17. 17.
    Yamada H, Kasada R, Ozaki A, Sakamoto R, Sakamoto Y, Takenaga H, Tanaka T, Tanigawa H, Okano K, Tobita K, Kaneko O, Ushigusa K. Japanese endeavors to establish technological bases for DEMO. Fusion Engineering and Design, 2016, 109–111, part B: 1318–1325CrossRefGoogle Scholar
  18. 18.
    Brown T, Titus P, Brooks A, Zhang H, Neilson H, Im K, Kim K. Results of availability imposed configuration details developed for K-DEMO. Fusion Engineering and Design, 2016, 109–111, part B: 1091–1095Google Scholar
  19. 19.
    Federici G, Kemp R, Ward D, Bachmann C, Franke T, Gonzalez S, Lowry C, Gadomska M, Harman J, Meszaros B, Morlock C, Romanelli F, Wenninger R. Overview of EU DEMO design and R&D activities. Fusion Engineering and Design, 2014, 89(7–8): 882–889CrossRefGoogle Scholar
  20. 20.
    Zheng J, Liu X, Song Y, Wan Y, Li J, Wu S, Wan B, Ye M, Wei J, Xu W, Liu S, Weng P, Lu K, Luo Z. Concept design of CFETR superconducting magnet system based on different maintenance ports. Fusion Engineering and Design, 2013, 88(11): 2960–2966CrossRefGoogle Scholar
  21. 21.
    Buckingham R, Loving A. Remote-handling challenges in fusion research and beyond. Nature Physics, 2016, 12(5): 391–393CrossRefGoogle Scholar
  22. 22.
    Bruzzone P. Superconductivity and fusion energy-the inseparable companions. Superconductor Science and Technology, 2015, 28(2): 708–718CrossRefGoogle Scholar
  23. 23.
    Pan X F, Feng Y, Yan G, Cui L J, Chen C, Zhang Y, Wu Z X, Liu X H, Zhang P X, Bai Z M, Zhao Y, Li L F. Manufacture, electromagnetic properties and microstructure of an 18-filament jelly-roll Nb3Al superconducting wire with rapid heating and quenching heat-treatment. Superconductor Science and Technology, 2016, 29(1): 015008CrossRefGoogle Scholar
  24. 24.
    Fietz WH, Barth C, Drotziger S, Goldacker W, Heller R, Schlachter S I, Weiss K P. Prospects of high temperature superconductors for fusion magnets and power applications. Fusion Engineering and Design, 2013, 88(6–8): 440–445CrossRefGoogle Scholar
  25. 25.
    Uglietti D, Bykovsky N, Wesche R, Bruzzone P. Development of HTS conductors for fusion magnets. IEEE Transactions on Applied Superconductivity, 2015, 25(3): 1–6CrossRefGoogle Scholar
  26. 26.
    Qin J G, Wu Y, Li J G, Dai C, Liu F. Manufacture and test of Bi- 2212 cable-in-conduit conductor. IEEE Transactions on Applied Superconductivity, 2017, 27(4): 1–5CrossRefGoogle Scholar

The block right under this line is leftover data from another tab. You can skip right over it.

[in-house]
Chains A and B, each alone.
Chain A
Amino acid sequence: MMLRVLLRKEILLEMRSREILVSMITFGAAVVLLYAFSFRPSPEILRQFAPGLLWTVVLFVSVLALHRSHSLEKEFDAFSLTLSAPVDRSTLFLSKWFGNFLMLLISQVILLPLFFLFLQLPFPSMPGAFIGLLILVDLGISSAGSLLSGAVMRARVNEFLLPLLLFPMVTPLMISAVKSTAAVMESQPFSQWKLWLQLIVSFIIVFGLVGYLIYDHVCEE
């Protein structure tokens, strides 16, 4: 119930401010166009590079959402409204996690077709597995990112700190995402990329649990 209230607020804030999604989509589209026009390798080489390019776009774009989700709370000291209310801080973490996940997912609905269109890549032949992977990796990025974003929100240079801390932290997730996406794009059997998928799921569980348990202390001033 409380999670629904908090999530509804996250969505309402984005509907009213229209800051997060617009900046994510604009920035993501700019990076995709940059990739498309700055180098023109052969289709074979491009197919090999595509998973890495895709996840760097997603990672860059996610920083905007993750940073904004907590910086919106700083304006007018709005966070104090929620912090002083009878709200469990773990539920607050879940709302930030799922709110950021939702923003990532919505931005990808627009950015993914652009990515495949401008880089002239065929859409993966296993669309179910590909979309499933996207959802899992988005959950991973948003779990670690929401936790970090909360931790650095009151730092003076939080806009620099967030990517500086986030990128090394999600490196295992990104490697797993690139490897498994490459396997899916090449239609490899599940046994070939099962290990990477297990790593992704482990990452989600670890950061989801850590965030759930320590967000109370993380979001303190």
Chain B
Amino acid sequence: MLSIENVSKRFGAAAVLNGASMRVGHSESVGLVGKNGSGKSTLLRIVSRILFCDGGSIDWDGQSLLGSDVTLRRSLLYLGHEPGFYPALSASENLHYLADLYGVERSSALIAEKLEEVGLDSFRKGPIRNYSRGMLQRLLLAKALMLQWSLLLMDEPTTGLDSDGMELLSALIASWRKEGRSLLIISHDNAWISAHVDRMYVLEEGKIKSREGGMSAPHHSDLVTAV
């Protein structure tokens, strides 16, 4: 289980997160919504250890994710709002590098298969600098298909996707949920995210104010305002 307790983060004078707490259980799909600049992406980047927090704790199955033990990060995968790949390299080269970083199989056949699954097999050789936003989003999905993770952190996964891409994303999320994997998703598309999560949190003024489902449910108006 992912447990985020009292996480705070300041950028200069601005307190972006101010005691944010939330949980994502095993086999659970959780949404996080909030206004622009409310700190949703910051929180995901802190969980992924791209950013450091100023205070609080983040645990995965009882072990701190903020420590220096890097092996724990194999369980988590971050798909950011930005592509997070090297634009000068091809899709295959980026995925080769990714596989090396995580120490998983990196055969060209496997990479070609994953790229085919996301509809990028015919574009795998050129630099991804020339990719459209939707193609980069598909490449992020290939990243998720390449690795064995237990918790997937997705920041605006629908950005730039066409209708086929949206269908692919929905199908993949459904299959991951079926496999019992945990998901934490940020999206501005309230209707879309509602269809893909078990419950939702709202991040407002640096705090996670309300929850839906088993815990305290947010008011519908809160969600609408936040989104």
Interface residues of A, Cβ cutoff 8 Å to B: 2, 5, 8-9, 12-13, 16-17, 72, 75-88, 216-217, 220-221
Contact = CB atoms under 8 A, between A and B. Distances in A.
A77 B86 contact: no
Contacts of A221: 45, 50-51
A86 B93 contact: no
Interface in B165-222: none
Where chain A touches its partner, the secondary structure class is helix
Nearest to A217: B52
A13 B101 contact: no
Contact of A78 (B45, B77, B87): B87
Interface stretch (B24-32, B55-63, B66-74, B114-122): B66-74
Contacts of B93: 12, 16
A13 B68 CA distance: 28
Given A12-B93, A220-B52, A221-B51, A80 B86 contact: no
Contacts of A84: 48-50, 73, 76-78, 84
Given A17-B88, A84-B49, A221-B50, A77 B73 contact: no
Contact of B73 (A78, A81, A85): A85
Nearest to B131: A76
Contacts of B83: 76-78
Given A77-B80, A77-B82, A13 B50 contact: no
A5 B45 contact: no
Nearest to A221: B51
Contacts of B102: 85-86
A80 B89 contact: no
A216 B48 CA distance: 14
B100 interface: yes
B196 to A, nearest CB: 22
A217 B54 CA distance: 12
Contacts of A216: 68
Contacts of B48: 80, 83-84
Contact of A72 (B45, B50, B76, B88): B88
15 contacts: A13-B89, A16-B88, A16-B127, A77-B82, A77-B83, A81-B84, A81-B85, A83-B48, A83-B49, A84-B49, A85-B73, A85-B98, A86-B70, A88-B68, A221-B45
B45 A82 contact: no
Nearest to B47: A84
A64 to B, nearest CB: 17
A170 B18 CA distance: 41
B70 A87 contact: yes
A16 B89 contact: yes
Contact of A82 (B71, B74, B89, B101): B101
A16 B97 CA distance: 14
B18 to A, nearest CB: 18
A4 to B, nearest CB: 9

27. 27.
    Zhou T, Lu K, Ran Q, Ding K, Feng H, Wu H, Liu C, Song Y, Niu E, Bauer P, Devred A. Mock-up qualification and prototype manufacture for ITER current leads. Fusion Engineering and Design, 2015, 96–97: 388–391CrossRefGoogle Scholar
  28. 28.
    Nishimura A. Need for development of higher strength cryogenic structural materials for fusion magnet. Advances in Cryogenic Engineering, 2014, 60: 333–339Google Scholar
  29. 29.
    Shen T, Li P, Jiang J, Cooley L, Tompkins J, McRae D, Walsh R. High strength kiloampere Bi2Sr2CaCu2Ox cables for high-field magnet applications. Superconductor Science and Technology, 2015, 28(6): 065002CrossRefGoogle Scholar
  30. 30.
    Zinkle S J, Möslang A. Evaluation of irradiation facility options for fusion materials research and development. Fusion Engineering and Design, 2013, 88(6–8): 472–482CrossRefGoogle Scholar
  31. 31.
    Zinkle S J, Busby J T. Structural materials for fission & fusion energy. Materials Today, 2009, 12(11): 12–19CrossRefGoogle Scholar
  32. 32.
    Zinkle S J, Snead L L. Designing radiation resistance in materials for fusion energy. Annual Review of Materials Research, 2014, 44(1): 241–267CrossRefGoogle Scholar
  33. 33.
    Snead L L, Nozawa T, Ferraris M, Katoh Y, Shinavski R, Sawan M. Silicon carbide composites as fusion power reactor structural materials. Journal of Nuclear Materials, 2011, 417(1–3): 330–339CrossRefGoogle Scholar
  34. 34.
    Huang Q. Status and improvement of CLAM for nuclear application. Nuclear Fusion, 2017, 57: 086042CrossRefGoogle Scholar
  35. 35.
    Kurtz R J, Alamo A, Lucon E, Huang Q, Jitsukawa S, Kimura A, Klueh R L, Odette G R, Petersen C, Sokolov M A, Spätig P, Rensman J W. Recent progress toward development of reduced activation ferritic/martensitic steels for fusion structural applications. Journal of Nuclear Materials, 2009, 386(5): 411–417CrossRefGoogle Scholar
  36. 36.
    Kondo T. IFMIF, its facility concept and technology. Journal of Nuclear Materials, 1998, 258(4): 47–55CrossRefGoogle Scholar
  37. 37.
    Knaster J, Chel S, Fischer U, Groeschel F, Heidinger R, Ibarra A, Micciche G, Möslang A, Sugimoto M, Wakai E. IFMIF, a fusion relevant neutron source for material irradiation current status. Journal of Nuclear Materials, 2014, 453(1–3): 115–119CrossRefGoogle Scholar

Copyright information

© Higher Education Press and Springer-Verlag GmbH Germany, part of Springer Nature 2018

Authors and Affiliations

  1. 1.State Key Laboratory of Technologies in Space Cryogenic Propellants, Technical Institute of Physics and ChemistryChinese Academy of SciencesBeijingChina
  2. 2.University of Chinese Academy of SciencesBeijingChina

Personalised recommendations